“Two Hours” – said the repairer with a sorry look on his face, where I left my car for AC repair. It was a burning hot day and industrial area is not really a great place to be at, at such soaring temperature. He advised me to take a cab and go home and return back later to collect the car. Though it sounded like a good idea, I had some better plans. Had my Fujifilm X100S (thanks to Fujifilm Middle East for giving it to me for a test run) , with this gorgeous camera in hand, industrial area just seemed to be a perfect hang out spot to date this gorgeous beauty.
It was around 3pm when I started my walk across the industrial area and it was more or less like a maze. Even before I could figure out where I started from, I was lost. This directionless journey got me to a scrapyard, which almost felt like a mortuary of cars. Skeletons of cars filled the whole area as far as your eyes could see. As I dug into this area, from one garage to the other, I wasn’t feeling comfortable to start shooting. People here work in such extreme conditions and doing such hard labour, I just couldn’t convince myself to sneak and shoot candids. I decided to go the other way around, made up my mind to talk to them, know them and have a good long chat before I could actually start making photographs of theirs.
Intention of the whole shoot was pretty simple – to show life as it is. These people work so goddamn hard to earn their living. No comfort of AC – No comfort what-so-ever. Just few hours of photowalk through these alleys almost got me to my knees – completely exhausted and dehydrated. But these people go through this every single day. But as I started mingling with them, It was turning out to be a very pleasing experience for me to make them feel important by taking their photographs – they were not just clicks – they were much more than that. I would be presenting these stories in a series of blogs, rather than just one. This is Page # 1 of the diary, more pages to follow. Here is the first story.
As I walked through, I came across a guy named Uttam from Bangladesh, who was welding some car parts. (I seriously have no clue what they were welding, why they were welding, where those parts would finally fit and no clue if even the techincal term for what they were doing was ‘welding’). As I approached him, he stopped what he was doing and pulled the mask over and asked me which newspaper I was from. When on Streets, I been asked this question n number of times before. Convincing him that it was for my personal project was an easy task. As I continued chatting with him, I finally asked for his permission to shoot his portrait. He was shy and half heartedly refused. Like Don Vito Corleone (Marlon Brando) famously quoted in Godfather “I’ll make him an offer he can’t refuse” , I did offer this person something he couldn’t refuse I offered to not only shoot his portrait BUT also offer him the print of his photograph. Now he was definitely interested and result is what you see below. BTW do check out the way fuji X100S paints with light, it is just unbelievable. You help it meter the light and it nails it – Period.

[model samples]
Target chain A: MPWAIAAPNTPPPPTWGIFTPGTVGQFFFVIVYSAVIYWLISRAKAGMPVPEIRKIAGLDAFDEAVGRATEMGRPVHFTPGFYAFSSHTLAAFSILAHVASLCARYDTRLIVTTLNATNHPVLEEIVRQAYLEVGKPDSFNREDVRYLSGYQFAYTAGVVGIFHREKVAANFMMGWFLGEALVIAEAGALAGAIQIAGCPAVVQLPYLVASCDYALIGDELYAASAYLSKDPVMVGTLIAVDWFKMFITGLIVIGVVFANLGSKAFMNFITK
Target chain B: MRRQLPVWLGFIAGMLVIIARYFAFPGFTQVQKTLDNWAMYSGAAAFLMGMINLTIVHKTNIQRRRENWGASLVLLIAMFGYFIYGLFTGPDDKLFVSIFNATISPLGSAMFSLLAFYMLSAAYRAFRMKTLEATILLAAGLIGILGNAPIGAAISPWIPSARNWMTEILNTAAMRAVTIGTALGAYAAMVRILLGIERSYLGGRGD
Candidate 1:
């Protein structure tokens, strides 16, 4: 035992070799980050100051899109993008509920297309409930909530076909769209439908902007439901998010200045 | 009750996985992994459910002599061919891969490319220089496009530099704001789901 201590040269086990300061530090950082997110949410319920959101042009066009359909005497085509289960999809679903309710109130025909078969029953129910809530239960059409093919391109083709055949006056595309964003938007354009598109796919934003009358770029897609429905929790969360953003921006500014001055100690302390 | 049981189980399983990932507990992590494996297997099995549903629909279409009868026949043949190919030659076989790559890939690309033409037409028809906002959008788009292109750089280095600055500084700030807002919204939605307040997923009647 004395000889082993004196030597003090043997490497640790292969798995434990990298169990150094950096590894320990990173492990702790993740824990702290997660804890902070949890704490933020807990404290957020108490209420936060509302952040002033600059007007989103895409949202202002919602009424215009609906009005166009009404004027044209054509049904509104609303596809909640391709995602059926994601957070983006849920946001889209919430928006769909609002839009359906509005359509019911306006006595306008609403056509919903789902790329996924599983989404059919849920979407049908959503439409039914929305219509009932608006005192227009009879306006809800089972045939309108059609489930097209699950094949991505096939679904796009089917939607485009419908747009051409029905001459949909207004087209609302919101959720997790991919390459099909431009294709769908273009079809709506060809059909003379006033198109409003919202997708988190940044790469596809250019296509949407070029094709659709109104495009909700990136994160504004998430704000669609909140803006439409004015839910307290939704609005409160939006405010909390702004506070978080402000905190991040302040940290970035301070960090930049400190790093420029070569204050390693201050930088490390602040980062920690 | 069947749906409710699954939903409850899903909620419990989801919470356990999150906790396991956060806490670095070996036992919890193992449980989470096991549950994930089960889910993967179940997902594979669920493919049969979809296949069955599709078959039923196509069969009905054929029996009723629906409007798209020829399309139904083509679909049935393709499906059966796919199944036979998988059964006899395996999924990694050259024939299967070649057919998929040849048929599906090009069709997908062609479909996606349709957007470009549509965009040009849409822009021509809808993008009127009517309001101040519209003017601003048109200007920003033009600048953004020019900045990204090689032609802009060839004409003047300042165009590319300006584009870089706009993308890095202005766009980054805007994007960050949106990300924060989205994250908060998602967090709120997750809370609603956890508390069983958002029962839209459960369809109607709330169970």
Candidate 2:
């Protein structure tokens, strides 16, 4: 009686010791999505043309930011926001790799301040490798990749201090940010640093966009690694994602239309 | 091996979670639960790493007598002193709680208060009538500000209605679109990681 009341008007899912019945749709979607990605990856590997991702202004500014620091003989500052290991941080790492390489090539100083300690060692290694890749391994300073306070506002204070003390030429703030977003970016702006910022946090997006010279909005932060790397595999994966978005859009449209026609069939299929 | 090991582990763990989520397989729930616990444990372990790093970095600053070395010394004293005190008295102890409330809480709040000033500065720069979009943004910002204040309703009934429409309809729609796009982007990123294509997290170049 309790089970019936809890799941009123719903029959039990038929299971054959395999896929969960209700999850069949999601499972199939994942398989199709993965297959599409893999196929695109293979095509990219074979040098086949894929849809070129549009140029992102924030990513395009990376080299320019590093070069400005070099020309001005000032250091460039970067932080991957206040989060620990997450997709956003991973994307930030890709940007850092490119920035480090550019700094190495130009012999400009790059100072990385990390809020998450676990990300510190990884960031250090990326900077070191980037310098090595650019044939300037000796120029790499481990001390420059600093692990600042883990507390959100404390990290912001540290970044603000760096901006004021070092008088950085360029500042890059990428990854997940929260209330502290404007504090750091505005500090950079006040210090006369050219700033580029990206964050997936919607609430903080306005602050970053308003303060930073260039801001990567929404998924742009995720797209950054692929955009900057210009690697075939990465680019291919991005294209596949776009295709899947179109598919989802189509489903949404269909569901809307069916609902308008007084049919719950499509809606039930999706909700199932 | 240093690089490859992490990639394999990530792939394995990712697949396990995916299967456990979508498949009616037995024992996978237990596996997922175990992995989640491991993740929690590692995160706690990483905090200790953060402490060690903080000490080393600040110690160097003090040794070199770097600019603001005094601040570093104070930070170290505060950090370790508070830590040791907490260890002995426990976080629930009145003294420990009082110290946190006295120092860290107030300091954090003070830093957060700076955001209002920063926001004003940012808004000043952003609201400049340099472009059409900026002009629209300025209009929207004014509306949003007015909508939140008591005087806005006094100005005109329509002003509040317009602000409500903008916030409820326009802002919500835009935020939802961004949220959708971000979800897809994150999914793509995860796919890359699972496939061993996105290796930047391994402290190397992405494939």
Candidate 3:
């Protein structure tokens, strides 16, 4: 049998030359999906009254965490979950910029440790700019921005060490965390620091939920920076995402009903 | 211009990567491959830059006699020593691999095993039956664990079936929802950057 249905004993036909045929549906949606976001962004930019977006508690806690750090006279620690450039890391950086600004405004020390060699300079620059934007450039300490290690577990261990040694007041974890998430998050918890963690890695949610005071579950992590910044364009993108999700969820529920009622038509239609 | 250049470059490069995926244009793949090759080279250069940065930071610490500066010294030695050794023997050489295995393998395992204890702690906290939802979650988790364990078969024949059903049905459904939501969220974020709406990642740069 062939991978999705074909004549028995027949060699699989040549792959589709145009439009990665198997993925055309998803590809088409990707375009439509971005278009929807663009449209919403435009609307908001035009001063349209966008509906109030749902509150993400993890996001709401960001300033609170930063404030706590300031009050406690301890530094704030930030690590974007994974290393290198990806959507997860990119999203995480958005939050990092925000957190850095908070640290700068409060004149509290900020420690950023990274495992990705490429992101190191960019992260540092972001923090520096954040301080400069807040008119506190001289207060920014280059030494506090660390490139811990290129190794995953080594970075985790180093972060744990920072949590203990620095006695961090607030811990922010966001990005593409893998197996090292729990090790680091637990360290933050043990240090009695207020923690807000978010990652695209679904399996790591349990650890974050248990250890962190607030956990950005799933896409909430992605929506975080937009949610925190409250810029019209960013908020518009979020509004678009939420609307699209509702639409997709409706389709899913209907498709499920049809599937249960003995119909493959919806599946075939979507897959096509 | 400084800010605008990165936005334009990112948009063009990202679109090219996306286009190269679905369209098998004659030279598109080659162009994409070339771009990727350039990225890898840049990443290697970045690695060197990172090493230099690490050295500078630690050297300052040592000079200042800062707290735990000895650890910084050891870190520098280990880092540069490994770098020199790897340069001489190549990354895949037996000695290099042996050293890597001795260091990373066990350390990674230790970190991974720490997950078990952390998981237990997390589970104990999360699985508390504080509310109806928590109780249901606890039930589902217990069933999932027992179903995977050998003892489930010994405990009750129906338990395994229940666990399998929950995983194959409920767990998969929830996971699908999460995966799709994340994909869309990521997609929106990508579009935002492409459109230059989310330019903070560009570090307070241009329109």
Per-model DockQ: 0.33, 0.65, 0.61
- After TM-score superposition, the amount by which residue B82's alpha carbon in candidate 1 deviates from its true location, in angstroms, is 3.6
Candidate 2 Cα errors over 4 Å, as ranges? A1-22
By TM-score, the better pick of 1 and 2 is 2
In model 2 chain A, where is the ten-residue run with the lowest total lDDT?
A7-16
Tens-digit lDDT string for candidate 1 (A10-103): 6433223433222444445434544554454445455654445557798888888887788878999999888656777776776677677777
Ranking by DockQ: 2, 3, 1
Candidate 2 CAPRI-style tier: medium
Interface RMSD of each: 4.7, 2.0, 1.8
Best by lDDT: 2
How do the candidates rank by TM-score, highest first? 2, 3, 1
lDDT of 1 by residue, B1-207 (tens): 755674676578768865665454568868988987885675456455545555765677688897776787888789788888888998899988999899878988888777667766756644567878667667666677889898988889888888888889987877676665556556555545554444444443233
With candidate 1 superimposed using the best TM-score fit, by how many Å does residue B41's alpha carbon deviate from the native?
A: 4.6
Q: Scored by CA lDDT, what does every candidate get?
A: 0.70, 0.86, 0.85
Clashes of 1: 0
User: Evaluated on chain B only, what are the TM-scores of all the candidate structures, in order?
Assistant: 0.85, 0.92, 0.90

I was totally satisfied with the portrait and so was he. But I had the urge to shoot his portrait as he did his work. He agreed to it and he got back to his routine. This part was tricky and technical. I had an image in mind – to have the person lit by only the lights from the light emitted by welding and have the background lit by ambient light. Also I wished to have a low key exposure for the main subject with loads of darks. As I thought about it, I remembered what I learnt from flash photography. Ignore the subject to be filled by flash and expose for your ambient light. Once you get the ambient right, get your subject into the picture by filling them with flash. Confused !?!?!?! Let me break it for you with examples,
As you see in the image above, the main subject is in absolute dark ( as he is supposed to be exposed only by the light emitted by welding sparks) and I have worked on getting my background light (ambient/natural light) well exposed to have that warm hue in the outdoors.
In this shot, the setting remained the same as above, f2.8 at 1/250s. As he started welding, the light emitted filled the main subject with just enough light to expose him (while the background light remained constant as in the pic above). This theory of mixing ambient light with flash light is basically the thumbrule to get great shots outdoors when shooting with flashes/strobes. Here my flash was not a Nikon/Canon but something even better than them – The Welding Light – Super powerful and no expensive pocket wizards required Though I dont do much strobist work, the knowledge acquired could somehow be applied here.
I would be going back to Uttam this weekend (27th April 2013) to hand over the print of his portrait. Will be documenting the reaction of Uttam as he sees them ( he wishes to mail the print to his daughter back home) and load the video footage to the blog in the coming days – as I said – this is a series of blogs interconnecting each other.
Special thanks to my good friend, fellow blogger and a passionate photographer Vineet Suthan who helped me with printing of these images.
So thats it for Page # 1 of Scrapyard Diaries. More pages to follow.
Dont just click – Click to make a difference – One person at a time